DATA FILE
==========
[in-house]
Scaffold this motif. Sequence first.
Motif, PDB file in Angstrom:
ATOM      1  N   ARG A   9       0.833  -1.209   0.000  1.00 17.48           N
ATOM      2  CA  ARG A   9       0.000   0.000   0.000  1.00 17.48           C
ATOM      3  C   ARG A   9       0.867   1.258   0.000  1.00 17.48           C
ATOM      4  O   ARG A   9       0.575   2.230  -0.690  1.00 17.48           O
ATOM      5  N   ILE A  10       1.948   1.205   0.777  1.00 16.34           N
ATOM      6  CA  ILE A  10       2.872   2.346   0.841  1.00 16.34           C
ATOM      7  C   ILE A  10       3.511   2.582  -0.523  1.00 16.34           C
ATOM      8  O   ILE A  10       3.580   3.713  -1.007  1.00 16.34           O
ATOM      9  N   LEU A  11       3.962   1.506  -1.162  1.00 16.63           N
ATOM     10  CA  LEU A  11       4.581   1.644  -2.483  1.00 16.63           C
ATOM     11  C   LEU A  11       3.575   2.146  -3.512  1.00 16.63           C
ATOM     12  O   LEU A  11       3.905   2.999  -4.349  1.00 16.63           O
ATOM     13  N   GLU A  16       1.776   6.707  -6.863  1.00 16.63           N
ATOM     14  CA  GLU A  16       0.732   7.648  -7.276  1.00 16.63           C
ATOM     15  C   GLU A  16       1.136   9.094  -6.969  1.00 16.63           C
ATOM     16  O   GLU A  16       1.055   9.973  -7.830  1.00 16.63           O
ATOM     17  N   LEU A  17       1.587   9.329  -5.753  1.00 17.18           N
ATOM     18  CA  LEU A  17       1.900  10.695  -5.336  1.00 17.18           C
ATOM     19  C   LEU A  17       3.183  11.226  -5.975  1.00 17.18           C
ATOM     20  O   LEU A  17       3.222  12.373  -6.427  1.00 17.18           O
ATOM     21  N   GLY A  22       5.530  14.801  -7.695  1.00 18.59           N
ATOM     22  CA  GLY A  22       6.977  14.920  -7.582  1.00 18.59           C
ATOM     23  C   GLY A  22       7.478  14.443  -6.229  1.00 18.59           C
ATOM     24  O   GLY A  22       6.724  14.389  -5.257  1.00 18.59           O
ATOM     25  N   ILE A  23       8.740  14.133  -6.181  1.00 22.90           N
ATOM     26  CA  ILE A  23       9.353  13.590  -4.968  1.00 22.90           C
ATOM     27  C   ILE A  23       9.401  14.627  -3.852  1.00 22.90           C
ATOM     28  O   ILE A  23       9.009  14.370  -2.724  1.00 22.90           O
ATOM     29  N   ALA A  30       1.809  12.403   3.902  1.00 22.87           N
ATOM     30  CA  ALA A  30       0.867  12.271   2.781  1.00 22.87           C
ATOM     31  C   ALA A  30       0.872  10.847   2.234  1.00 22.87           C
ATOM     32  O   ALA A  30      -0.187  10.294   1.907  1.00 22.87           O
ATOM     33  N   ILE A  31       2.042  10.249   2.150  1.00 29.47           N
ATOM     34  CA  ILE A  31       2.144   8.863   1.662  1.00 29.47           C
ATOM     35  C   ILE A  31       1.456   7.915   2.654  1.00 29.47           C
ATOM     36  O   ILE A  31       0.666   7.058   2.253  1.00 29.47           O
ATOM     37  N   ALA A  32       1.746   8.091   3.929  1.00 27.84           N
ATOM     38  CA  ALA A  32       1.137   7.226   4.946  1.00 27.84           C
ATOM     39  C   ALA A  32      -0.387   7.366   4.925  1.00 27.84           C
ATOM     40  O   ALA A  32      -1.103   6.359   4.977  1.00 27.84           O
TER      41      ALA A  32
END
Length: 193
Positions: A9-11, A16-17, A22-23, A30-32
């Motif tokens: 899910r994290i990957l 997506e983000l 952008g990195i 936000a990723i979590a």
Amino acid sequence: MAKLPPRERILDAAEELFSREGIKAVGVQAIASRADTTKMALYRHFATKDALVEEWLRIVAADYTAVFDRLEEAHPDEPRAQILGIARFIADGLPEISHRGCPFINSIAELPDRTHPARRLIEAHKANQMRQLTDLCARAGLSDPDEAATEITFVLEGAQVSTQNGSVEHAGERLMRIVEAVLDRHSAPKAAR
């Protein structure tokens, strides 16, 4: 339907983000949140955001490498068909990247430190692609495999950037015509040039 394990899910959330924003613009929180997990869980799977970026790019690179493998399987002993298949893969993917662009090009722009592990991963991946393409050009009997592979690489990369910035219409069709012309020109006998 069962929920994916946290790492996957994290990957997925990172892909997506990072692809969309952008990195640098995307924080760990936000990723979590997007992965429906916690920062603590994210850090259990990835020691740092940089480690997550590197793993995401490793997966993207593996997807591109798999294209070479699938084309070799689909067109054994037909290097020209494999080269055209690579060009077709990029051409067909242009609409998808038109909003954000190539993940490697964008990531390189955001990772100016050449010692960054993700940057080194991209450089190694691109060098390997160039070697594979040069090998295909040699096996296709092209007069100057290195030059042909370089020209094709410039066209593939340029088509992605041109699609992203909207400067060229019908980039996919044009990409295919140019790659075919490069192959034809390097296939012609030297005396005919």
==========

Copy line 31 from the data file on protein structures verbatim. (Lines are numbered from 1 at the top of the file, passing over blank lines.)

ATOM     28  O   ILE A  23       9.009  14.370  -2.724  1.00 22.90           O